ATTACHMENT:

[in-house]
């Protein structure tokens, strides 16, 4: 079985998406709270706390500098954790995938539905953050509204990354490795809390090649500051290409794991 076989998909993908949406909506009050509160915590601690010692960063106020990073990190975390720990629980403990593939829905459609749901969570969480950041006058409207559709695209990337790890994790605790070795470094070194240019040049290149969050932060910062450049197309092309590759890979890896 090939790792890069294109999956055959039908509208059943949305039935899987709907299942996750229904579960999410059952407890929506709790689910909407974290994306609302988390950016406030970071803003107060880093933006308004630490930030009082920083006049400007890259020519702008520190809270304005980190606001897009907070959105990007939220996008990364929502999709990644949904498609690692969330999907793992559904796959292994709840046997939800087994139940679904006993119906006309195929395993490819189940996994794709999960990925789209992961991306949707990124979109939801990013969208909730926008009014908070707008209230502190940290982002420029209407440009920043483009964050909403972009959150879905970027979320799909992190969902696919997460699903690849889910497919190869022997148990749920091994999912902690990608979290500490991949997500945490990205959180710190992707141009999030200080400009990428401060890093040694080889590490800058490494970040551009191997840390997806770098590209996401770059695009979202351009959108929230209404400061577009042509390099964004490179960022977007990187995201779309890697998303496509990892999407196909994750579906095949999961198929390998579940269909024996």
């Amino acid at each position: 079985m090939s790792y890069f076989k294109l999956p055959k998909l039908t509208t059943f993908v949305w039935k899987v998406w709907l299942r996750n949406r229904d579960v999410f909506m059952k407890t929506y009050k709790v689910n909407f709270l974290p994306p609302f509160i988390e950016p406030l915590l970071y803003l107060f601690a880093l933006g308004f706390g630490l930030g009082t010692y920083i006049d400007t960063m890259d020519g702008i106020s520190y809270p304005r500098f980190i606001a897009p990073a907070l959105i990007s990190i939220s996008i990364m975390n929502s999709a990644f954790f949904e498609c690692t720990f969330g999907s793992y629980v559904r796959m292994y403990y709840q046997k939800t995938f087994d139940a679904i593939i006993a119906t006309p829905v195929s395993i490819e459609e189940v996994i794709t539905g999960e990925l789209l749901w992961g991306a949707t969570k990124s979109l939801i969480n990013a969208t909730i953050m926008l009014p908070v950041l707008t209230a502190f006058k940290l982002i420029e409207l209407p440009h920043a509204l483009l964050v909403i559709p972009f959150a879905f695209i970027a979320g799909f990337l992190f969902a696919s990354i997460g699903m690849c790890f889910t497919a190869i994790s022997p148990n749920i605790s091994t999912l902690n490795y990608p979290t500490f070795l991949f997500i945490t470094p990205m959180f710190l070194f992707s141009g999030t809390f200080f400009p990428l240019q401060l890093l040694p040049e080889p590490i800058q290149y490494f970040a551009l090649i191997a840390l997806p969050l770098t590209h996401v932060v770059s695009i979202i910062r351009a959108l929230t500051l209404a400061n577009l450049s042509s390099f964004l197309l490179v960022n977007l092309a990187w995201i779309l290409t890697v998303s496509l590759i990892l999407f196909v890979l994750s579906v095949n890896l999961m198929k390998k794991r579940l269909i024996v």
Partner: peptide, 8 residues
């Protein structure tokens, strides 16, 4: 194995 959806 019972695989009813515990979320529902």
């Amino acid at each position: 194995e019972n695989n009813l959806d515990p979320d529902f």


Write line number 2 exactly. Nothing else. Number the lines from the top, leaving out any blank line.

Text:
């Protein structure tokens, strides 16, 4: 079985998406709270706390500098954790995938539905953050509204990354490795809390090649500051290409794991 076989998909993908949406909506009050509160915590601690010692960063106020990073990190975390720990629980403990593939829905459609749901969570969480950041006058409207559709695209990337790890994790605790070795470094070194240019040049290149969050932060910062450049197309092309590759890979890896 090939790792890069294109999956055959039908509208059943949305039935899987709907299942996750229904579960999410059952407890929506709790689910909407974290994306609302988390950016406030970071803003107060880093933006308004630490930030009082920083006049400007890259020519702008520190809270304005980190606001897009907070959105990007939220996008990364929502999709990644949904498609690692969330999907793992559904796959292994709840046997939800087994139940679904006993119906006309195929395993490819189940996994794709999960990925789209992961991306949707990124979109939801990013969208909730926008009014908070707008209230502190940290982002420029209407440009920043483009964050909403972009959150879905970027979320799909992190969902696919997460699903690849889910497919190869022997148990749920091994999912902690990608979290500490991949997500945490990205959180710190992707141009999030200080400009990428401060890093040694080889590490800058490494970040551009191997840390997806770098590209996401770059695009979202351009959108929230209404400061577009042509390099964004490179960022977007990187995201779309890697998303496509990892999407196909994750579906095949999961198929390998579940269909024996």